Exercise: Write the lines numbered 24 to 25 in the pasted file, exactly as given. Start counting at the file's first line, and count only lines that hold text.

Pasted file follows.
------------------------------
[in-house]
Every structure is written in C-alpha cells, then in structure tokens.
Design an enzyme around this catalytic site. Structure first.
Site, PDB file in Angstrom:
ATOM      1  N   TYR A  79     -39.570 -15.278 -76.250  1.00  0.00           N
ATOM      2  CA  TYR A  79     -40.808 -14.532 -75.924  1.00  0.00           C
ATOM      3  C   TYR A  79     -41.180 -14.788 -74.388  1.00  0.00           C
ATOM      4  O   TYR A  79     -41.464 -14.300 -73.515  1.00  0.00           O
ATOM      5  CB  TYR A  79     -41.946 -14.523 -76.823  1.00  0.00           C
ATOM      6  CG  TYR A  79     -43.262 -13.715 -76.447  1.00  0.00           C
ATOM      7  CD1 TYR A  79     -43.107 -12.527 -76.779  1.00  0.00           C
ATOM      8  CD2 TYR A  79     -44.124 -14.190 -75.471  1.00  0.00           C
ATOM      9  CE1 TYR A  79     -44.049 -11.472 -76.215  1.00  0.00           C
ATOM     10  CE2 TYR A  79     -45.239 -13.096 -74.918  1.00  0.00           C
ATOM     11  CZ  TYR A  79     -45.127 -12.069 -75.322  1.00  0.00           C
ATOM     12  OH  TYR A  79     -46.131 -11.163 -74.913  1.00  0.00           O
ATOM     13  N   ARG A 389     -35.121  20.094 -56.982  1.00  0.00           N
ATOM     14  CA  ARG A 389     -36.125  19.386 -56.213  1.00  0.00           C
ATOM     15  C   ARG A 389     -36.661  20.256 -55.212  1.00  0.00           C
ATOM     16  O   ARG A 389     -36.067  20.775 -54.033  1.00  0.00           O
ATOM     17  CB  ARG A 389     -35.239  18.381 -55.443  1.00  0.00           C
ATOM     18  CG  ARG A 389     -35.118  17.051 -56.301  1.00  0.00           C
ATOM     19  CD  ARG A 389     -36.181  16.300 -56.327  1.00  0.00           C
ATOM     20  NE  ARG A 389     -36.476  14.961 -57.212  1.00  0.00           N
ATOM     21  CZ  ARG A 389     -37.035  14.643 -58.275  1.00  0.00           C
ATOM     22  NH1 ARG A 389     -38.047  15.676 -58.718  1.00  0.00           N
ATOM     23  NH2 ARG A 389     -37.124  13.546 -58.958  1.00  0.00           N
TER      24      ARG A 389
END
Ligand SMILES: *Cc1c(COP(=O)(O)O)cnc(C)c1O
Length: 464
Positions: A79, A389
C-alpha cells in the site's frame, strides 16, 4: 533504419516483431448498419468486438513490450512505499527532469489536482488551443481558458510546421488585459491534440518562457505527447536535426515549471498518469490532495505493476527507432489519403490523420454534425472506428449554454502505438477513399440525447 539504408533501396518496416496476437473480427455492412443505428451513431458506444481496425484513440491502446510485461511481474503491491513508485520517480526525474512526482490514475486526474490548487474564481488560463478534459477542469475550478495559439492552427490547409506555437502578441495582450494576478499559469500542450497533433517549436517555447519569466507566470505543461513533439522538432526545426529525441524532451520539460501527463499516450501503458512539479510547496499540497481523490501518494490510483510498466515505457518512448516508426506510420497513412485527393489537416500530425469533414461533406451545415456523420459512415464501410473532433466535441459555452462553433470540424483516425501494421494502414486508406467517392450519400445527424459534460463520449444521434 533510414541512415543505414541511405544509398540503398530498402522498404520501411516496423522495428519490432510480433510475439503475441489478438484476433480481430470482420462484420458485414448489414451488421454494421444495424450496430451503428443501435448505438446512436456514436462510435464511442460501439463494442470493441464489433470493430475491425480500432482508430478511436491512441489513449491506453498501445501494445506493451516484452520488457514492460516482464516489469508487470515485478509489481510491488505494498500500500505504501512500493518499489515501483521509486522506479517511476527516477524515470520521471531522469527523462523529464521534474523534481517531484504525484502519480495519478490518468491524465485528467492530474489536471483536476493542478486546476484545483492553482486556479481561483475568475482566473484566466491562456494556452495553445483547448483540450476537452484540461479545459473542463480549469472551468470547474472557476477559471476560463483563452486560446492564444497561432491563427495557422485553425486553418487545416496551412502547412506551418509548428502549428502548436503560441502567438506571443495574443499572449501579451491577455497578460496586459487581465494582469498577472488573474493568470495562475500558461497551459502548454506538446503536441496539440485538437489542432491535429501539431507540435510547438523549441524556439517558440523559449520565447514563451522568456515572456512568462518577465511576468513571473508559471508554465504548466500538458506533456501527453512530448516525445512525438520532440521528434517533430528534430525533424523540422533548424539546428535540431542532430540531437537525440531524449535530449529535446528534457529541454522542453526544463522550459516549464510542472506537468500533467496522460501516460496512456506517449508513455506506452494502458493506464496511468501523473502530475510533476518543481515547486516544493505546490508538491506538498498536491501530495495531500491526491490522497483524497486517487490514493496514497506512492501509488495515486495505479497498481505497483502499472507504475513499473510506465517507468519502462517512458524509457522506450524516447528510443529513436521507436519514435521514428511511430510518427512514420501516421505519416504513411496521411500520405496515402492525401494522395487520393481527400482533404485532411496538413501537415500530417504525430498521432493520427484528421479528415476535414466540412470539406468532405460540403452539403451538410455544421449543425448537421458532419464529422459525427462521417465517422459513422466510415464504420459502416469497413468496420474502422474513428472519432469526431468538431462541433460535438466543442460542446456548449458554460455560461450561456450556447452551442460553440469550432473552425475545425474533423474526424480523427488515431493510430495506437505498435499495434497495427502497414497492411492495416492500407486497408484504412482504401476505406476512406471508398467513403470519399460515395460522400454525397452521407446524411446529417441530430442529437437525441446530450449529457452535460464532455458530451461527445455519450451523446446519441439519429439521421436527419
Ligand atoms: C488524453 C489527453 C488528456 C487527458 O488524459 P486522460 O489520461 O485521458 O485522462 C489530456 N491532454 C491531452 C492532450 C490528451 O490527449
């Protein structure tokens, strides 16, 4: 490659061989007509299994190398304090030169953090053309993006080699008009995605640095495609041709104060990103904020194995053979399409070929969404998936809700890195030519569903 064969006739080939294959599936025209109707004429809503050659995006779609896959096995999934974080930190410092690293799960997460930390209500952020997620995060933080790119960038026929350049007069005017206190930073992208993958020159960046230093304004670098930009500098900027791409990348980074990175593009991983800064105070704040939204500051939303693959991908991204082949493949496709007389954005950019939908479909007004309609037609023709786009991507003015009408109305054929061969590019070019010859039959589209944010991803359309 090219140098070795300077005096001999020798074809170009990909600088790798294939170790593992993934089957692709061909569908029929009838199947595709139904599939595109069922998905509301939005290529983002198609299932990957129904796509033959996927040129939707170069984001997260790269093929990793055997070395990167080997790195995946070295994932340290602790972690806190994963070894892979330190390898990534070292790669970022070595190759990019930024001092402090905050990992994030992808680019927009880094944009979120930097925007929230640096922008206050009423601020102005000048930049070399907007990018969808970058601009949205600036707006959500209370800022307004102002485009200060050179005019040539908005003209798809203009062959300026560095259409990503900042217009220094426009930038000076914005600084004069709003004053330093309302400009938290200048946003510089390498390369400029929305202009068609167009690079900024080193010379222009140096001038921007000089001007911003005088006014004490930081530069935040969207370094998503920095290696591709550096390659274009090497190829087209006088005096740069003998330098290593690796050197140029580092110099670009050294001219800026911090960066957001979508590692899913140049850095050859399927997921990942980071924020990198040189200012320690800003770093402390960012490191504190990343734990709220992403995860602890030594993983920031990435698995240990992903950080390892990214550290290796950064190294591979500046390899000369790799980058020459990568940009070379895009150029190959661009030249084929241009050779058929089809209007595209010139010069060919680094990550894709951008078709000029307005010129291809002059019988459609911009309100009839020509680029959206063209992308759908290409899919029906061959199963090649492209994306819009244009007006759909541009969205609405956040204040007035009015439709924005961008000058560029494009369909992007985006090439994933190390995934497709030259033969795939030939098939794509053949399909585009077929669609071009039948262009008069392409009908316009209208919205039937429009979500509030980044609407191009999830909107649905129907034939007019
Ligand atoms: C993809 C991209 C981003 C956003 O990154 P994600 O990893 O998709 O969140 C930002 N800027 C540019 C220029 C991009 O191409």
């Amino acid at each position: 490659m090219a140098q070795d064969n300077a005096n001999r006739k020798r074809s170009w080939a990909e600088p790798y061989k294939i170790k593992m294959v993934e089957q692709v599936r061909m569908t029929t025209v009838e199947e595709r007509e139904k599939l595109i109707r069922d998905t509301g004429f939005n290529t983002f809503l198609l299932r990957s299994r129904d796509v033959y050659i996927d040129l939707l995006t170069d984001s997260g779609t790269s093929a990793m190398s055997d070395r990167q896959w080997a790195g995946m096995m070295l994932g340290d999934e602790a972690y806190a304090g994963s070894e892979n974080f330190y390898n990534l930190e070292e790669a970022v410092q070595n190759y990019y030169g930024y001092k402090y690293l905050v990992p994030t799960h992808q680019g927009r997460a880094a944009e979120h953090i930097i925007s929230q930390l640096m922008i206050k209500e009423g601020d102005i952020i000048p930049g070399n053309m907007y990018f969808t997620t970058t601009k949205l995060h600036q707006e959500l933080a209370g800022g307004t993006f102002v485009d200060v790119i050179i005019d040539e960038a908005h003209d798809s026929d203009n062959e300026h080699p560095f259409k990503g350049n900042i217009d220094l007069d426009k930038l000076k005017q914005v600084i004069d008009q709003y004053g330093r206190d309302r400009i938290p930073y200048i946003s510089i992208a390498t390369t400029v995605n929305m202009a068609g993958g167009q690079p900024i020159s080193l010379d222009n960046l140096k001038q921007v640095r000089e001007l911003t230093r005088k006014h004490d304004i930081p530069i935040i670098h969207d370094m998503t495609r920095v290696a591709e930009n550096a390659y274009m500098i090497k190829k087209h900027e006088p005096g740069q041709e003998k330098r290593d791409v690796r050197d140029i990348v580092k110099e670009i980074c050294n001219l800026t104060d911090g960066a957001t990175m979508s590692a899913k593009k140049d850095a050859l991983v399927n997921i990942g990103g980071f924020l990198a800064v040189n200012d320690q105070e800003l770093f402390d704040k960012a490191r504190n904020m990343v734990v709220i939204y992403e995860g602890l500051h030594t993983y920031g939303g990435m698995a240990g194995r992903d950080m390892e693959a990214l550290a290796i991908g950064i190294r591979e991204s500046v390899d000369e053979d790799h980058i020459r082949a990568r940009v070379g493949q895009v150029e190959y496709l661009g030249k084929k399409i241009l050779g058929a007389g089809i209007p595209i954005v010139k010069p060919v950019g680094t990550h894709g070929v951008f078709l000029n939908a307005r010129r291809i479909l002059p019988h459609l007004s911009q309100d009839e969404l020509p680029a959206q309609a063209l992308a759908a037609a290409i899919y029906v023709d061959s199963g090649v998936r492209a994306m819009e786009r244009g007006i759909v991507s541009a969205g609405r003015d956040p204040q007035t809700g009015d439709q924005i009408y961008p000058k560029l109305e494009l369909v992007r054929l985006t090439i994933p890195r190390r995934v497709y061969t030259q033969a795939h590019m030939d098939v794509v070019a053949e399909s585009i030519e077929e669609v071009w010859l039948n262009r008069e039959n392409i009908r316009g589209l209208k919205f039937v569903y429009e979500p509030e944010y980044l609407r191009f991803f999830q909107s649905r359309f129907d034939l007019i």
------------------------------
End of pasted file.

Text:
ATOM     20  NE  ARG A 389     -36.476  14.961 -57.212  1.00  0.00           N
ATOM     21  CZ  ARG A 389     -37.035  14.643 -58.275  1.00  0.00           C